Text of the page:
THE current political environment has dampened expectations in South Africa, as macro-economic data, such as the business confidence index, which is at a generational low, shows. However, when you look at the performance of the local equity market over the past century, it could be that our expectations are too low.

From 1900 to the end of last year, the South African market was the best-performing in the world, delivering an average annual return of inflation plus 7.2%. This is according to the 2017 edition of the Credit Suisse Global Investment Returns Yearbook, which compared the returns of various asset class over 117 years in 21 countries with a continuous investment history. This might seem hard to believe. Given the country’s political history and economic difficulties, how could South Africa have been the best-performing stock market in the world since the turn of the 20th century?


Free markets dictate that companies with high returns on capital attract competition. Rising competition causes the balance of supply and demand to shift, driving down the prices of goods and services. As industry margins begin to narrow, returns on capital start to fall. In contrast, a lack of competition allows companies to continue earning excess returns on capital for extended periods. For this reason, it is often more important to understand and analyse supply than demand.

A possible reason for the outperformance of the South African equity market over the past 116 years is that local companies have faced less competition compared with their peers in many other countries. This is because of prolonged periods of political uncertainty, sanctions during much of the apartheid era, and a persistent fear that South Africa will suffer a similar fate to Zimbabwe.

The benefit of restricted competition is illustrated by short-term insurer Santam, which has compounded its share price at 18% a year (excluding dividends) from the beginning of 1985 to now. Headline inflation averaged 8% a year over this period. This return is particularly impressive when you consider that Santam is a domestically focused company.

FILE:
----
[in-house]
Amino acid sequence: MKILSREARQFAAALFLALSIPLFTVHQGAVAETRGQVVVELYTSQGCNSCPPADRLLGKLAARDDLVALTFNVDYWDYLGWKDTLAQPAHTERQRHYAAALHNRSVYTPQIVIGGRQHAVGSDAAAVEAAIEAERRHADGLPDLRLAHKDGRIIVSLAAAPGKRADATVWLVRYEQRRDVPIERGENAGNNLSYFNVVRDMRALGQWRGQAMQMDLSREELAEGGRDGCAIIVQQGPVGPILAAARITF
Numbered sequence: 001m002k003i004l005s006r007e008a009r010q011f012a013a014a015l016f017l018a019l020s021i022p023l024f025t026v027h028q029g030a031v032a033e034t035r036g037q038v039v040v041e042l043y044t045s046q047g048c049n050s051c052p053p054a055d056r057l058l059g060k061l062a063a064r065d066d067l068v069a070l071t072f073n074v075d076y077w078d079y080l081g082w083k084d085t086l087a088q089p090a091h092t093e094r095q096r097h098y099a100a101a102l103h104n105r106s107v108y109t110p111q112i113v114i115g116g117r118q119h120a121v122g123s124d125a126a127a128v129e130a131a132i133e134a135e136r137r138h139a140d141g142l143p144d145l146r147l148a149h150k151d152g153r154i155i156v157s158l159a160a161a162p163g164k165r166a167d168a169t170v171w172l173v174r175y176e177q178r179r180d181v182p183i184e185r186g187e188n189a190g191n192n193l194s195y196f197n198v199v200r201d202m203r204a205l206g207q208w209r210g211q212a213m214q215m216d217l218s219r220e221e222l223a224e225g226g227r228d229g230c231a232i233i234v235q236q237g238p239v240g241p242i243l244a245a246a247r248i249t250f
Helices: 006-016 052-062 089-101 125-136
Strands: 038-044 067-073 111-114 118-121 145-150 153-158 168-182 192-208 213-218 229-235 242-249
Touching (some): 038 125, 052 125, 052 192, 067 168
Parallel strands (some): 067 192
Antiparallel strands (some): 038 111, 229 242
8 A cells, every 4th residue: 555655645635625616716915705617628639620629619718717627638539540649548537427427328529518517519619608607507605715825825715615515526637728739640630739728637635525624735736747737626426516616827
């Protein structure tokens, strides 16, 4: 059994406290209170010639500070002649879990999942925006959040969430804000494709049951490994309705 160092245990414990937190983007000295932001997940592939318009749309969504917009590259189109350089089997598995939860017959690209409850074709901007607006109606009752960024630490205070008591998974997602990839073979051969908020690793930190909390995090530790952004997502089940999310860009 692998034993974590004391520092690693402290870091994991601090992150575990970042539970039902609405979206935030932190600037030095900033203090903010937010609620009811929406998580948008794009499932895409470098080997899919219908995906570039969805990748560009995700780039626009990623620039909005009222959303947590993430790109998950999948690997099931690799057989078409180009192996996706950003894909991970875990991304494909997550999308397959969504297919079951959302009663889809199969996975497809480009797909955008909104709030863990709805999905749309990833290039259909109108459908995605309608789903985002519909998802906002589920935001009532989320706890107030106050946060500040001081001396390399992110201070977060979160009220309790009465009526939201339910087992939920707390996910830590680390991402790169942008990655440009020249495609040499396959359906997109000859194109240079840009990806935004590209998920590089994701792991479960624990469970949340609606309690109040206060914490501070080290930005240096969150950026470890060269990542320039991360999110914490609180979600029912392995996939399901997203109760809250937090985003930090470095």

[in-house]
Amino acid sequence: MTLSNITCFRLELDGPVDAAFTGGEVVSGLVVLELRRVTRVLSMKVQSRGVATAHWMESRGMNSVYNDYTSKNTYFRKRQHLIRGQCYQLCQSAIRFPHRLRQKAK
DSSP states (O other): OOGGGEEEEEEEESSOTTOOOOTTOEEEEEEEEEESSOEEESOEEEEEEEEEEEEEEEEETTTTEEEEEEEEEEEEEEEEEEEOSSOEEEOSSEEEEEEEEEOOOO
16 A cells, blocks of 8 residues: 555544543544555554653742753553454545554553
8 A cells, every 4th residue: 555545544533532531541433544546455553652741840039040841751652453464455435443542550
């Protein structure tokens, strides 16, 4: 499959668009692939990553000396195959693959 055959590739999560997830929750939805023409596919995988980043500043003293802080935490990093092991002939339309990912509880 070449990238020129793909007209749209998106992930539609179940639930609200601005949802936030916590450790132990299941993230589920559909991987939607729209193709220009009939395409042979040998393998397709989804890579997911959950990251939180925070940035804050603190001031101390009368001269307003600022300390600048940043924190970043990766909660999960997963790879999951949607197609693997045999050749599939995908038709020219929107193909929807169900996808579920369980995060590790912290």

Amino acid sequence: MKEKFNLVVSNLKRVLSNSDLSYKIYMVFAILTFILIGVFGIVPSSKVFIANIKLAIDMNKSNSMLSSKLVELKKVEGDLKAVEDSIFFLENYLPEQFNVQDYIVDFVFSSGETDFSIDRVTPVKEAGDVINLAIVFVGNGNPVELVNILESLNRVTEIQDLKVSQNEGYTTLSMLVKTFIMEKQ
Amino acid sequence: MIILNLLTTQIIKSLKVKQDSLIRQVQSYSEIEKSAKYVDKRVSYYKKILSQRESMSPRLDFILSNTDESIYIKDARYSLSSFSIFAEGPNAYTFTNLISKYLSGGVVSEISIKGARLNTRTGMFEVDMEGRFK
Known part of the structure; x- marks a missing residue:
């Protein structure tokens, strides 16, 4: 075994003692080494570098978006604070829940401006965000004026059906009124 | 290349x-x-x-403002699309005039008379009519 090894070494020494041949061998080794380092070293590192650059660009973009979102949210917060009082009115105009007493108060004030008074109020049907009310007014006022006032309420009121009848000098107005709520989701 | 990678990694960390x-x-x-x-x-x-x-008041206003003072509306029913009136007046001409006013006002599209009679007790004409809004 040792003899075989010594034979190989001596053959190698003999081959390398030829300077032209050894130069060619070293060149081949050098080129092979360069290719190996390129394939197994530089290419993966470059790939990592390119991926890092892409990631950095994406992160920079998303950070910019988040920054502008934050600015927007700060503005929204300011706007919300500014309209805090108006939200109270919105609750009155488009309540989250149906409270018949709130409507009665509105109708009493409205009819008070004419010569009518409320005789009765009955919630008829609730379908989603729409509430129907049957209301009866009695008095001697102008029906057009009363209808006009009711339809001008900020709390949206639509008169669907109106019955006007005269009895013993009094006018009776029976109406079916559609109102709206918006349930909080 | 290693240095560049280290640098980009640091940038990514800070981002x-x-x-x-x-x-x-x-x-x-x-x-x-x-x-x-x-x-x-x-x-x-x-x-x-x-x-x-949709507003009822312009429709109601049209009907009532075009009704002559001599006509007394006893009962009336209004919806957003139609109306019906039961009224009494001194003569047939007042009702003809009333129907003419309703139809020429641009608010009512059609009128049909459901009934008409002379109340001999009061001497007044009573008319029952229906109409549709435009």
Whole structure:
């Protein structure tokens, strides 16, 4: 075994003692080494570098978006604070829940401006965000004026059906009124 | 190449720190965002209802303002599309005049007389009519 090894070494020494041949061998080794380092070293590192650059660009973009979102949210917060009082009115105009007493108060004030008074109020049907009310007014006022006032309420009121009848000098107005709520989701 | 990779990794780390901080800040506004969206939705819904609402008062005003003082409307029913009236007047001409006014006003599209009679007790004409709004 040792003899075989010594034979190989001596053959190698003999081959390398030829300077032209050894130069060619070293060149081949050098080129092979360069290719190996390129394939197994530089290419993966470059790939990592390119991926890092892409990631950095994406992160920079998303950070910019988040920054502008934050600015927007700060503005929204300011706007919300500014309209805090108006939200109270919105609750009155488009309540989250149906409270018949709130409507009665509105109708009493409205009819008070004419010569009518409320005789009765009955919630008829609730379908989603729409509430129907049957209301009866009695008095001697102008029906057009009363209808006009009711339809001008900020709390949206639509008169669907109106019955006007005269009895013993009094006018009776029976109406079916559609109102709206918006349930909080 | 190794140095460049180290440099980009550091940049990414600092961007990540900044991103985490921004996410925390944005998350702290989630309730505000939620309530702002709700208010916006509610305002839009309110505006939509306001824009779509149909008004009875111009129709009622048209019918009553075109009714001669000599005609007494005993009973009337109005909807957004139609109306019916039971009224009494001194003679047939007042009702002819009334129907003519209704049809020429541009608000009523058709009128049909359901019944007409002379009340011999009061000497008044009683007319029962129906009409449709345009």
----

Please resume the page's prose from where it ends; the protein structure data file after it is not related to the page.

Between 1985 and today, South Africa witnessed the Rubicon speech, narrowly avoided a civil war, weathered four recessions, and suffered through 86 months in which the year-on-year decline in the rand was more than 20%. Despite all this, Santam’s moat, its ability to withstand competition and retain its market share, has gone from strength to strength. Because South Africa has not been viewed as an attractive place to do business, there has been little competition from international heavyweights, which allowed Santam to build scale and make itself increasingly tough to compete with.

Heightened perceived risk and the way in which corporate decision-making takes place makes it more likely that foreign businesses will exit South Africa than enter it. Two recent examples that demonstrate this are the decision by Barclays Plc to exit its investment in Barclays Africa and the disclosure by Pioneer Foods that a large multinational had pulled out of a potential merger with the company. Similarly, on the back of the release of the new mining charter, we can expect very little new investment in mining, or in companies that supply mining equipment.

We believe that, over time, good management teams find ways to win regardless of the macro-economic environment. In fact, they often shine in times of distress precisely because of the lack of competition. Tough environments result in the strong becoming stronger, because weak players leave the market and allow the winners to grab greater market share.

Mikhail Motala is an equity analyst at PSG Asset Management.